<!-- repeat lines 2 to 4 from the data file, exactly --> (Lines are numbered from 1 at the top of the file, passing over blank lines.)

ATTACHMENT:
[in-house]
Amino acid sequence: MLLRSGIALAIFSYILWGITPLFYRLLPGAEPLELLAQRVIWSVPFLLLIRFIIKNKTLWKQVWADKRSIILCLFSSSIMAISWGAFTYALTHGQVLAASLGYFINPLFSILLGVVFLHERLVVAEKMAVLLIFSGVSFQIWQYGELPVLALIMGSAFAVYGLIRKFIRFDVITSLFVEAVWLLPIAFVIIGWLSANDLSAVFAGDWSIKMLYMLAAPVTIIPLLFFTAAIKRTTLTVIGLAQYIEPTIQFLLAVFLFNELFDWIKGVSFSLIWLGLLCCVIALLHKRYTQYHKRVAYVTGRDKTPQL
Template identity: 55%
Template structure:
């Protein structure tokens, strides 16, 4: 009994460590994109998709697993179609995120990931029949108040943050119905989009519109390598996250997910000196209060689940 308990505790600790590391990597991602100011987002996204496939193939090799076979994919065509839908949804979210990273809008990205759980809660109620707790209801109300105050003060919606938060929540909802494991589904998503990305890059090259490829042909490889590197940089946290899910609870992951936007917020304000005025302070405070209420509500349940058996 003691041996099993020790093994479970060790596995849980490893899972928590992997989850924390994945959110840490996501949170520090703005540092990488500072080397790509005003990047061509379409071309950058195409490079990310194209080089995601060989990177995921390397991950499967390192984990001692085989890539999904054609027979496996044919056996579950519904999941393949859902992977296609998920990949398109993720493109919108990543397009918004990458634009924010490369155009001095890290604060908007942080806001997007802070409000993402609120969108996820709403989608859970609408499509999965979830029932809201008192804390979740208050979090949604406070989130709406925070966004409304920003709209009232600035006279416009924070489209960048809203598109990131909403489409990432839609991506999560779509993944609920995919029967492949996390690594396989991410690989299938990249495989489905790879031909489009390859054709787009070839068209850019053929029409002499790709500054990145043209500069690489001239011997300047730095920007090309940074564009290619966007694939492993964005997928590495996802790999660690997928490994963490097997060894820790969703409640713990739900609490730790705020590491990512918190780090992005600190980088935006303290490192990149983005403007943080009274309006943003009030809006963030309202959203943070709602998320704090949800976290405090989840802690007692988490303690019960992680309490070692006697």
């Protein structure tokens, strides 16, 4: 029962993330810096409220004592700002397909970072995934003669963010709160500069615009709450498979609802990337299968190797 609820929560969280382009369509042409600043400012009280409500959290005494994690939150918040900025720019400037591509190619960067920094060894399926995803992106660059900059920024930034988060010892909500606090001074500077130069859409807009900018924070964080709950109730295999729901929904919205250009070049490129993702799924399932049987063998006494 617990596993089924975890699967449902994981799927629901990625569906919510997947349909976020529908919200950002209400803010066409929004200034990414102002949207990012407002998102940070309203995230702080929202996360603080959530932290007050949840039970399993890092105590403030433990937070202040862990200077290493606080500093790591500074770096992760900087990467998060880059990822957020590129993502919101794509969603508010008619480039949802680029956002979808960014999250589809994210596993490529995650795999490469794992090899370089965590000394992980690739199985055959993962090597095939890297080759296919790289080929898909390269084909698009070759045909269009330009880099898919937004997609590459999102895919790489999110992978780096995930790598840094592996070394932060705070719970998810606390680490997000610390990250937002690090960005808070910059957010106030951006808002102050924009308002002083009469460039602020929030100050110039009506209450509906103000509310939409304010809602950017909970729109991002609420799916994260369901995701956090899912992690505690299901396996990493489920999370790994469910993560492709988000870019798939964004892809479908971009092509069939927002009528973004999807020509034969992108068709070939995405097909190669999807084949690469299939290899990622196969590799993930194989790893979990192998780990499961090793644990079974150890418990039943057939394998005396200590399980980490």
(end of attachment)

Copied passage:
Amino acid sequence: MLLRSGIALAIFSYILWGITPLFYRLLPGAEPLELLAQRVIWSVPFLLLIRFIIKNKTLWKQVWADKRSIILCLFSSSIMAISWGAFTYALTHGQVLAASLGYFINPLFSILLGVVFLHERLVVAEKMAVLLIFSGVSFQIWQYGELPVLALIMGSAFAVYGLIRKFIRFDVITSLFVEAVWLLPIAFVIIGWLSANDLSAVFAGDWSIKMLYMLAAPVTIIPLLFFTAAIKRTTLTVIGLAQYIEPTIQFLLAVFLFNELFDWIKGVSFSLIWLGLLCCVIALLHKRYTQYHKRVAYVTGRDKTPQL
Template identity: 55%
Template structure: